Well, you adapt, and you move forward, if not necessarily onward—or, like Cave’s wife, model-turned-designer Susie Bick, your passion suddenly becomes a necessity to pull you out of your grief. Towards the end of One More Time with Feeling, Cave compares pushing past trauma to a rubber band. Life goes on, the days lapse and one moves on by all accounts, but there is only so far you can get from a cataclysmic event before you snap back to it. Kilmer has his painting, his scrapbooking, his Los Angeles art studio and now this documentary to tell his stories through art in new ways—but his cancer will always snap him back to his first love, to acting, which he can never again embrace as he once did. Trauma will always be there, a fissure ripped into your past, present and future.

But Cave doesn’t believe that past, present and future are all happening at once, something that was told to him by a friend in the aftermath of his son’s death. Cave only believes in his present, in his consciousness that exists right now, for this small window of time, that negates the insignificance and impermanence of his art in comparison to a universe which will never know a consciousness at all. Still, there is Jack Kilmer and Earl Cave—the men’s adult sons, now both in their twenties, the latter of whom was twin brother to Arthur. Both Jack and Earl function as linkages through time in their respective films. Jack’s voice serves as his father’s narration in Val and an eerie echo of Kilmer’s former self, while Earl is featured in a song previously recorded with Arthur that plays during One More Time with Feeling’s end credits, the two boys’ voices both beautiful and nearly indistinguishable. Jack Kilmer and Earl Cave are both alive, and also ghosts. They carry with them the weight of the past, but they also hold the promise of the future.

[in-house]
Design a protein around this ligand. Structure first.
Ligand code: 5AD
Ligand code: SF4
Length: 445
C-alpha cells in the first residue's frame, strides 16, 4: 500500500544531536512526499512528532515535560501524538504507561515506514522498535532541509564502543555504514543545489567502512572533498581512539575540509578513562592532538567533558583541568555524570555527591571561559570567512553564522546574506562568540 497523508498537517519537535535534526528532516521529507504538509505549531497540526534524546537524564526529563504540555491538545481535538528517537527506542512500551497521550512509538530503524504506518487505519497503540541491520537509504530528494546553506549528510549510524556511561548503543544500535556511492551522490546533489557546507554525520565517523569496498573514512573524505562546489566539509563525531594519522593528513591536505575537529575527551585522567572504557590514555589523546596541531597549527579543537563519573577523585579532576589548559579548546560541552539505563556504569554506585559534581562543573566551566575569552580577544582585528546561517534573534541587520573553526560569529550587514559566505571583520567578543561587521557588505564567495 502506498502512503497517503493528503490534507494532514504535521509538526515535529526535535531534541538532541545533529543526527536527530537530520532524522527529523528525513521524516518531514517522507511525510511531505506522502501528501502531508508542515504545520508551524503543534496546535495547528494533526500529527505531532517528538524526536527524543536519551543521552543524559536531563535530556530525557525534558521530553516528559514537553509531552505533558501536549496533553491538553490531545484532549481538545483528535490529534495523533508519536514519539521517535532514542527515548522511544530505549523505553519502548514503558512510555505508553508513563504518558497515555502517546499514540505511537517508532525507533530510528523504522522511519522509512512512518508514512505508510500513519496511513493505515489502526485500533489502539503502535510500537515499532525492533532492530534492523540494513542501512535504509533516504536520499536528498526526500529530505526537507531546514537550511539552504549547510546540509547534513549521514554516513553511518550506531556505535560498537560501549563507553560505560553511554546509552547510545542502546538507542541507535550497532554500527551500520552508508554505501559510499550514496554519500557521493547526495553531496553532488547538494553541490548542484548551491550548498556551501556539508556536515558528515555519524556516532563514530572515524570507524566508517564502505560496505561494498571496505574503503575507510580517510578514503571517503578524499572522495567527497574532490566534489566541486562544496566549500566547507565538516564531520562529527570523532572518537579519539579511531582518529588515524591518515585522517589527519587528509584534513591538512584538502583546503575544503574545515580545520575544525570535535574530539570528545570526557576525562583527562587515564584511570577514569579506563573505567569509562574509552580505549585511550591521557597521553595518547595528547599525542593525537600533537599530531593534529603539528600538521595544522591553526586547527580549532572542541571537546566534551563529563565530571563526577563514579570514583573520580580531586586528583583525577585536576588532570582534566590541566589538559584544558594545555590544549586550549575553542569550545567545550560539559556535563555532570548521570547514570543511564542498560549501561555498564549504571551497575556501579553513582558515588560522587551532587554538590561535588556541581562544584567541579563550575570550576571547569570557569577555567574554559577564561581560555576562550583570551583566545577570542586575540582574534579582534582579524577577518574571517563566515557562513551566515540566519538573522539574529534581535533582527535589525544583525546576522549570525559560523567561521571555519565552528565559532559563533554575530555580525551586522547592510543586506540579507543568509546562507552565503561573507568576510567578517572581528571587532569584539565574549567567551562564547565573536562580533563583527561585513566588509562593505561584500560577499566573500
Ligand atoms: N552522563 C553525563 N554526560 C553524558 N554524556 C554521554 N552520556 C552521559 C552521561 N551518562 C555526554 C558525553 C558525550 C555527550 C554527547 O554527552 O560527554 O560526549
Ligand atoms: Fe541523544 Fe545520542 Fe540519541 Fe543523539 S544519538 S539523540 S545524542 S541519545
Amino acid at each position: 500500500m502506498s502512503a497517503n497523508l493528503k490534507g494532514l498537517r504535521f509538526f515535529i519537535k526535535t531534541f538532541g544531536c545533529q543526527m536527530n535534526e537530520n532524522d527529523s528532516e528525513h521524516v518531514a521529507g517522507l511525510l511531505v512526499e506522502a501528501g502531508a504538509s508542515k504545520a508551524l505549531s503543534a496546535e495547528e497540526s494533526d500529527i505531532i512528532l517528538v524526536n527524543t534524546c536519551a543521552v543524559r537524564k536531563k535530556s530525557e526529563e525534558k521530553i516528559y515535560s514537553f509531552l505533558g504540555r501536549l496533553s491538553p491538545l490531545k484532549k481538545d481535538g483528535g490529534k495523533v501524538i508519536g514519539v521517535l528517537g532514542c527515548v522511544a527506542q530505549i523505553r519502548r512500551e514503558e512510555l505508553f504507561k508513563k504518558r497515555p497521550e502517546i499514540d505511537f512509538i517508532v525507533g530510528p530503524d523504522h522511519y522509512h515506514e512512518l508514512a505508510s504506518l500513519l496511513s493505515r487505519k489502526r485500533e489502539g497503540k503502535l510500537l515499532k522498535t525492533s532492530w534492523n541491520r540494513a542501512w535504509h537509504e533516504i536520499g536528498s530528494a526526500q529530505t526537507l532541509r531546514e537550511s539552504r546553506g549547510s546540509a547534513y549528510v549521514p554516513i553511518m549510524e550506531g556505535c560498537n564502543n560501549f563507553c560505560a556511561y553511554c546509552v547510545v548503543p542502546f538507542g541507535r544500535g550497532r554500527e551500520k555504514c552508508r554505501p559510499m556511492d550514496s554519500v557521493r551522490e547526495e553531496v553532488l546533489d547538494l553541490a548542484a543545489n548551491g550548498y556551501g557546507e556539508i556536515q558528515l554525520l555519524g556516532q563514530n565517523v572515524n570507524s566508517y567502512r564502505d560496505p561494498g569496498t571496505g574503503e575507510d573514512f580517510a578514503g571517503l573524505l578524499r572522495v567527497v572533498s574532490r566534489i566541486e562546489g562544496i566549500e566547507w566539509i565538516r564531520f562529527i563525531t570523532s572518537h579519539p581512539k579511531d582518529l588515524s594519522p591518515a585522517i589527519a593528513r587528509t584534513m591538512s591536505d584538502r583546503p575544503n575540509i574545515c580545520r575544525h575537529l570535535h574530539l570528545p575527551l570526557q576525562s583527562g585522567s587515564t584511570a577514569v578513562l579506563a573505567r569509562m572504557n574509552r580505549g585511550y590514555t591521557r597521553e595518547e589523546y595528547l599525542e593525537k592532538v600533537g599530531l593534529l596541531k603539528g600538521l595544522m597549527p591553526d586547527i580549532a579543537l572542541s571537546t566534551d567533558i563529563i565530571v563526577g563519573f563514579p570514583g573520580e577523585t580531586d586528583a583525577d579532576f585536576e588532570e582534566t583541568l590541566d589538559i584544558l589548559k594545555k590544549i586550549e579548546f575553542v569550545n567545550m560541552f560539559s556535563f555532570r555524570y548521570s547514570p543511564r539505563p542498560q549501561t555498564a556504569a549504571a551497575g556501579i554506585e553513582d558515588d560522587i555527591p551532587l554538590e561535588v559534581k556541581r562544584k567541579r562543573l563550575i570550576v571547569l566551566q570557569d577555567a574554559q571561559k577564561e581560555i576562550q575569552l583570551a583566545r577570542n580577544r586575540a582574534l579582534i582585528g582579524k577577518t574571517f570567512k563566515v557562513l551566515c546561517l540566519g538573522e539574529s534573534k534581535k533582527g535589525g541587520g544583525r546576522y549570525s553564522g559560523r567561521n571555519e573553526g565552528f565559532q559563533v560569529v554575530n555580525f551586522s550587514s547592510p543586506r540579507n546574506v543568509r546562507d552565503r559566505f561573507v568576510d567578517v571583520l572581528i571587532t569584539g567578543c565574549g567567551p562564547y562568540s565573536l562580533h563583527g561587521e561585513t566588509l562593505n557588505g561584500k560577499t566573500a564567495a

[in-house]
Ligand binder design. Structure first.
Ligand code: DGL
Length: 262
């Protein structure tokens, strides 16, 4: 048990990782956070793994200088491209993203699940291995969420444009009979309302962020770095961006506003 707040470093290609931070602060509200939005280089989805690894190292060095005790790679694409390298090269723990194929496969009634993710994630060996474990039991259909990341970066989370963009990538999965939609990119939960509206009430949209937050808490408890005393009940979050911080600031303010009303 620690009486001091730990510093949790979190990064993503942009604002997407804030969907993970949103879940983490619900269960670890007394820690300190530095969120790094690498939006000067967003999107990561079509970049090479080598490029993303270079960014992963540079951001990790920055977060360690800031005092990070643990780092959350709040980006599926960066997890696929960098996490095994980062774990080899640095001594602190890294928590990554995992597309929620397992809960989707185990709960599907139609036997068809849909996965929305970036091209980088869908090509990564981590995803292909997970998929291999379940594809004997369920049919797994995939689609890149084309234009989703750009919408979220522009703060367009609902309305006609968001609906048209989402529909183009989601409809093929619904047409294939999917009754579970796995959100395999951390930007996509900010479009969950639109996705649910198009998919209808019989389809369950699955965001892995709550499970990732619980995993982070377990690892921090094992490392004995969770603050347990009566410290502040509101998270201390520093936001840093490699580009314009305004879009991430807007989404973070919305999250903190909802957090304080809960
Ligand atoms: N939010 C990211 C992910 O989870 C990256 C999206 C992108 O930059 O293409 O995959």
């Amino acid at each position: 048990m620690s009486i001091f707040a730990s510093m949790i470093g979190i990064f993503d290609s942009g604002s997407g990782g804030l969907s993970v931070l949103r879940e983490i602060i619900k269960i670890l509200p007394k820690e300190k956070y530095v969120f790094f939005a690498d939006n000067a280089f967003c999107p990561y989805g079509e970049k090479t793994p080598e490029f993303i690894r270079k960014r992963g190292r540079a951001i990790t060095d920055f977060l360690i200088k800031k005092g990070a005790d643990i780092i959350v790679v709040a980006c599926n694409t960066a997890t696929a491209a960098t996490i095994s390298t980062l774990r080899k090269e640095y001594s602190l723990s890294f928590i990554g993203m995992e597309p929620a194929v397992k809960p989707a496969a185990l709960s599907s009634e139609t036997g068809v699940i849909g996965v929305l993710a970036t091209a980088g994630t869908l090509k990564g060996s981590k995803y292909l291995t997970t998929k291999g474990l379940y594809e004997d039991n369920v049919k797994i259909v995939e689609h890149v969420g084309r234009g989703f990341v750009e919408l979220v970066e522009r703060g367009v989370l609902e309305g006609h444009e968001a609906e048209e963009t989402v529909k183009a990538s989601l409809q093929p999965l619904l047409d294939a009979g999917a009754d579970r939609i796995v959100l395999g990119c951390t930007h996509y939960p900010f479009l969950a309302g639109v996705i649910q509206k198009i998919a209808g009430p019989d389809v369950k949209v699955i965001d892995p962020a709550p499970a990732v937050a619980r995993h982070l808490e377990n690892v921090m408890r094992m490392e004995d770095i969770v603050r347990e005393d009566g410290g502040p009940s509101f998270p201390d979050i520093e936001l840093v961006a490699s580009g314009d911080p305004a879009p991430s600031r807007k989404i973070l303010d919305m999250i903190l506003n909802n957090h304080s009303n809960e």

In spite of obvious distinctions between the musician and actor, Nick Cave and Val Kilmer are artists whose respective confrontations with mortality were accelerated by unimaginable blows in the midst of their artistic lives. And at some point during their grieving process, Cave and Bick decided to choose happiness—to be happy as an act of revenge against their pain. Kilmer explains through Jack’s voice that “healing is not born of vanity; it is born of honesty.” In a way, it’s what these documentaries are trying to do: Give their wounded artists the space for honesty with themselves, their legacy, and their craft so that they may find a way to carry on. Val Kilmer is still desperately searching for his most meaningful role, but he has also found it. Nick Cave does not view his trauma in the same way as Kilmer, but both of them are still here, still creating, still very much alive. They are anchored and inspired by the unrelenting present, and their present is “bigger in magnitude than all the stars and planets and galaxies,” as Cave says. It is also bigger than their grief.


Brianna Zigler is an entertainment writer based in middle-of-nowhere Massachusetts. Her work has appeared at Little White Lies, Film School Rejects, Thrillist, Bright Wall/Dark Room and more, and she writes a bi-monthly newsletter called That’s Weird. You can follow her on Twitter, where she likes to engage in stimulating discussions on films like Movie 43, Clifford, and Watchmen.